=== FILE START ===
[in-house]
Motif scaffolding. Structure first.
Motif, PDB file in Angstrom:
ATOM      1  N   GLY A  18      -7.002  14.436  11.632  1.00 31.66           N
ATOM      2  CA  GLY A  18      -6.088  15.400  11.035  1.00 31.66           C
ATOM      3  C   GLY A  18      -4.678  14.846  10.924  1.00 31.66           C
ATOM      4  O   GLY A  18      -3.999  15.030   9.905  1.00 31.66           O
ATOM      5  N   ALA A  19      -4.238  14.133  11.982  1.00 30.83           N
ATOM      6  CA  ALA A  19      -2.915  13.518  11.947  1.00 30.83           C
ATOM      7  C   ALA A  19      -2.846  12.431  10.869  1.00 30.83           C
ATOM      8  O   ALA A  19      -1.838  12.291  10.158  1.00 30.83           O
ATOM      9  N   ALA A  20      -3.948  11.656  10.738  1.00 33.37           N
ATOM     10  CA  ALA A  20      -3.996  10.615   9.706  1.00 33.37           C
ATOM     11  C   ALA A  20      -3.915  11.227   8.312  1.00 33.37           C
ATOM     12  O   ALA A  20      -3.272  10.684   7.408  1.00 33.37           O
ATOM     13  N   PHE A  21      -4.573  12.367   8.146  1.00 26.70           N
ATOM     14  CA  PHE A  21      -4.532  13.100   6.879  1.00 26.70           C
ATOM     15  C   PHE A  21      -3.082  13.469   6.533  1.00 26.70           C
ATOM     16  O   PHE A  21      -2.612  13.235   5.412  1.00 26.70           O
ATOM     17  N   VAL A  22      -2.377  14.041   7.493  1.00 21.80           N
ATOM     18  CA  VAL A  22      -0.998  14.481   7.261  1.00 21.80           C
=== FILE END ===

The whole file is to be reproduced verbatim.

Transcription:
[in-house]
Motif scaffolding. Structure first.
Motif, PDB file in Angstrom:
ATOM      1  N   GLY A  18      -7.002  14.436  11.632  1.00 31.66           N
ATOM      2  CA  GLY A  18      -6.088  15.400  11.035  1.00 31.66           C
ATOM      3  C   GLY A  18      -4.678  14.846  10.924  1.00 31.66           C
ATOM      4  O   GLY A  18      -3.999  15.030   9.905  1.00 31.66           O
ATOM      5  N   ALA A  19      -4.238  14.133  11.982  1.00 30.83           N
ATOM      6  CA  ALA A  19      -2.915  13.518  11.947  1.00 30.83           C
ATOM      7  C   ALA A  19      -2.846  12.431  10.869  1.00 30.83           C
ATOM      8  O   ALA A  19      -1.838  12.291  10.158  1.00 30.83           O
ATOM      9  N   ALA A  20      -3.948  11.656  10.738  1.00 33.37           N
ATOM     10  CA  ALA A  20      -3.996  10.615   9.706  1.00 33.37           C
ATOM     11  C   ALA A  20      -3.915  11.227   8.312  1.00 33.37           C
ATOM     12  O   ALA A  20      -3.272  10.684   7.408  1.00 33.37           O
ATOM     13  N   PHE A  21      -4.573  12.367   8.146  1.00 26.70           N
ATOM     14  CA  PHE A  21      -4.532  13.100   6.879  1.00 26.70           C
ATOM     15  C   PHE A  21      -3.082  13.469   6.533  1.00 26.70           C
ATOM     16  O   PHE A  21      -2.612  13.235   5.412  1.00 26.70           O
ATOM     17  N   VAL A  22      -2.377  14.041   7.493  1.00 21.80           N
ATOM     18  CA  VAL A  22      -0.998  14.481   7.261  1.00 21.80           C